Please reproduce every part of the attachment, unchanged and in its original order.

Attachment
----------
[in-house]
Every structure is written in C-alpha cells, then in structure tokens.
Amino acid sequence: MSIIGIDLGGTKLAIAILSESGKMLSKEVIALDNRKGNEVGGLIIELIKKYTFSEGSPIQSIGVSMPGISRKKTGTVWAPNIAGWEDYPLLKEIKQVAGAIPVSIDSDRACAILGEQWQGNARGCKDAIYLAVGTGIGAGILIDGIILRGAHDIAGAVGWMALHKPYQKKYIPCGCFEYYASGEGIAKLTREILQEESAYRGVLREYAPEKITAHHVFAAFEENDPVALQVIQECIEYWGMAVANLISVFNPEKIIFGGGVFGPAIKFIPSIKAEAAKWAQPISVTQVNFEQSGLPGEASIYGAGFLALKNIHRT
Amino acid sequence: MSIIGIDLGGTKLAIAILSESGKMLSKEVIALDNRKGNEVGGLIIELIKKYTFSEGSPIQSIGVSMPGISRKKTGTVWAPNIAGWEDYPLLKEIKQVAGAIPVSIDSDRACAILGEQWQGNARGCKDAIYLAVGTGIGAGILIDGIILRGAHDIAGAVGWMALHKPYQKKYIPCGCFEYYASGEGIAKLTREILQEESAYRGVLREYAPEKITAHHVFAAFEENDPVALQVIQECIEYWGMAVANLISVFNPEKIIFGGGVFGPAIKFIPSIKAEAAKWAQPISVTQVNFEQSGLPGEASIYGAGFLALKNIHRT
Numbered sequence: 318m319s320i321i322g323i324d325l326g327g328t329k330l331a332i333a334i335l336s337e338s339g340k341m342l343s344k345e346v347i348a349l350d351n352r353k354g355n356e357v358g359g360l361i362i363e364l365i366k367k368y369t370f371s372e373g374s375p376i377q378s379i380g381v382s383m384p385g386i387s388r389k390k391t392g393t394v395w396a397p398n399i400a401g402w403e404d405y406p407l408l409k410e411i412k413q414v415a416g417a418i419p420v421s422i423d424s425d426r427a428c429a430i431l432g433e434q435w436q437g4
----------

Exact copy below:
[in-house]
Every structure is written in C-alpha cells, then in structure tokens.
Amino acid sequence: MSIIGIDLGGTKLAIAILSESGKMLSKEVIALDNRKGNEVGGLIIELIKKYTFSEGSPIQSIGVSMPGISRKKTGTVWAPNIAGWEDYPLLKEIKQVAGAIPVSIDSDRACAILGEQWQGNARGCKDAIYLAVGTGIGAGILIDGIILRGAHDIAGAVGWMALHKPYQKKYIPCGCFEYYASGEGIAKLTREILQEESAYRGVLREYAPEKITAHHVFAAFEENDPVALQVIQECIEYWGMAVANLISVFNPEKIIFGGGVFGPAIKFIPSIKAEAAKWAQPISVTQVNFEQSGLPGEASIYGAGFLALKNIHRT
Amino acid sequence: MSIIGIDLGGTKLAIAILSESGKMLSKEVIALDNRKGNEVGGLIIELIKKYTFSEGSPIQSIGVSMPGISRKKTGTVWAPNIAGWEDYPLLKEIKQVAGAIPVSIDSDRACAILGEQWQGNARGCKDAIYLAVGTGIGAGILIDGIILRGAHDIAGAVGWMALHKPYQKKYIPCGCFEYYASGEGIAKLTREILQEESAYRGVLREYAPEKITAHHVFAAFEENDPVALQVIQECIEYWGMAVANLISVFNPEKIIFGGGVFGPAIKFIPSIKAEAAKWAQPISVTQVNFEQSGLPGEASIYGAGFLALKNIHRT
Numbered sequence: 318m319s320i321i322g323i324d325l326g327g328t329k330l331a332i333a334i335l336s337e338s339g340k341m342l343s344k345e346v347i348a349l350d351n352r353k354g355n356e357v358g359g360l361i362i363e364l365i366k367k368y369t370f371s372e373g374s375p376i377q378s379i380g381v382s383m384p385g386i387s388r389k390k391t392g393t394v395w396a397p398n399i400a401g402w403e404d405y406p407l408l409k410e411i412k413q414v415a416g417a418i419p420v421s422i423d424s425d426r427a428c429a430i431l432g433e434q435w436q437g4